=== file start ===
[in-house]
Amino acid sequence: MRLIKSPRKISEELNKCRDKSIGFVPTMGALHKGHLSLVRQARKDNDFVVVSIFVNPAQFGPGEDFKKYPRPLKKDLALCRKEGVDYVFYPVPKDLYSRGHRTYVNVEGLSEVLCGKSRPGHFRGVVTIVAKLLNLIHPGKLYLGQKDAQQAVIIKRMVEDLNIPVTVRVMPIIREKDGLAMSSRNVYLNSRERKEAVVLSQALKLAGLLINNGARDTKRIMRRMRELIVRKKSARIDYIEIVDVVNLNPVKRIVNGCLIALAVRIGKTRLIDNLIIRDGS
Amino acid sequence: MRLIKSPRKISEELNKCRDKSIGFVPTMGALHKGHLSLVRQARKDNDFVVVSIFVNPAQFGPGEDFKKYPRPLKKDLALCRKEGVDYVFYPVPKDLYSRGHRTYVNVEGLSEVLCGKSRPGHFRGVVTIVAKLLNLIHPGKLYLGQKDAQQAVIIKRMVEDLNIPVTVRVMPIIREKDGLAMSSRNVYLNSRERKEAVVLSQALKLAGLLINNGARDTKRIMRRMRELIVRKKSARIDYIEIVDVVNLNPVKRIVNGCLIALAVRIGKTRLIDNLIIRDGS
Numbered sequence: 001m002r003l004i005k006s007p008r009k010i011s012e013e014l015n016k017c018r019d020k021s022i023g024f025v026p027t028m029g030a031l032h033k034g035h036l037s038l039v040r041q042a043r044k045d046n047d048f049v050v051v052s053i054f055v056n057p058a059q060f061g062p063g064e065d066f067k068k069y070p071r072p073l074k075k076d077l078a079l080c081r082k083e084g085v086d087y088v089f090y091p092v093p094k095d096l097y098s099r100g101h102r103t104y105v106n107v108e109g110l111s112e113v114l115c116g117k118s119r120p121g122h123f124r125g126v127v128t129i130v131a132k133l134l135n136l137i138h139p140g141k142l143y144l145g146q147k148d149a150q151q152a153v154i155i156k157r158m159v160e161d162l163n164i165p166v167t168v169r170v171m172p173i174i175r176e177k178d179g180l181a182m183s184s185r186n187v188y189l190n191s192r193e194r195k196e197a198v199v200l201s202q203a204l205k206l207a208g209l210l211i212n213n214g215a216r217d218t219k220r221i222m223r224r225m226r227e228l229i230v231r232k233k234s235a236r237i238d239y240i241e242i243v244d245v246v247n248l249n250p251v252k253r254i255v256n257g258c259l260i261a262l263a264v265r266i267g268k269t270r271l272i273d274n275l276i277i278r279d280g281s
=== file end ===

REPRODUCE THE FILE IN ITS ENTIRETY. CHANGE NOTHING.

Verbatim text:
[in-house]
Amino acid sequence: MRLIKSPRKISEELNKCRDKSIGFVPTMGALHKGHLSLVRQARKDNDFVVVSIFVNPAQFGPGEDFKKYPRPLKKDLALCRKEGVDYVFYPVPKDLYSRGHRTYVNVEGLSEVLCGKSRPGHFRGVVTIVAKLLNLIHPGKLYLGQKDAQQAVIIKRMVEDLNIPVTVRVMPIIREKDGLAMSSRNVYLNSRERKEAVVLSQALKLAGLLINNGARDTKRIMRRMRELIVRKKSARIDYIEIVDVVNLNPVKRIVNGCLIALAVRIGKTRLIDNLIIRDGS
Amino acid sequence: MRLIKSPRKISEELNKCRDKSIGFVPTMGALHKGHLSLVRQARKDNDFVVVSIFVNPAQFGPGEDFKKYPRPLKKDLALCRKEGVDYVFYPVPKDLYSRGHRTYVNVEGLSEVLCGKSRPGHFRGVVTIVAKLLNLIHPGKLYLGQKDAQQAVIIKRMVEDLNIPVTVRVMPIIREKDGLAMSSRNVYLNSRERKEAVVLSQALKLAGLLINNGARDTKRIMRRMRELIVRKKSARIDYIEIVDVVNLNPVKRIVNGCLIALAVRIGKTRLIDNLIIRDGS
Numbered sequence: 001m002r003l004i005k006s007p008r009k010i011s012e013e014l015n016k017c018r019d020k021s022i023g024f025v026p027t028m029g030a031l032h033k034g035h036l037s038l039v040r041q042a043r044k045d046n047d048f049v050v051v052s053i054f055v056n057p058a059q060f061g062p063g064e065d066f067k068k069y070p071r072p073l074k075k076d077l078a079l080c081r082k083e084g085v086d087y088v089f090y091p092v093p094k095d096l097y098s099r100g101h102r103t104y105v106n107v108e109g110l111s112e113v114l115c116g117k118s119r120p121g122h123f124r125g126v127v128t129i130v131a132k133l134l135n136l137i138h139p140g141k142l143y144l145g146q147k148d149a150q151q152a153v154i155i156k157r158m159v160e161d162l163n164i165p166v167t168v169r170v171m172p173i174i175r176e177k178d179g180l181a182m183s184s185r186n187v188y189l190n191s192r193e194r195k196e197a198v199v200l201s202q203a204l205k206l207a208g209l210l211i212n213n214g215a216r217d218t219k220r221i222m223r224r225m226r227e228l229i230v231r232k233k234s235a236r237i238d239y240i241e242i243v244d245v246v247n248l249n250p251v252k253r254i255v256n257g258c259l260i261a262l263a264v265r266i267g268k269t270r271l272i273d274n275l276i277i278r279d280g281s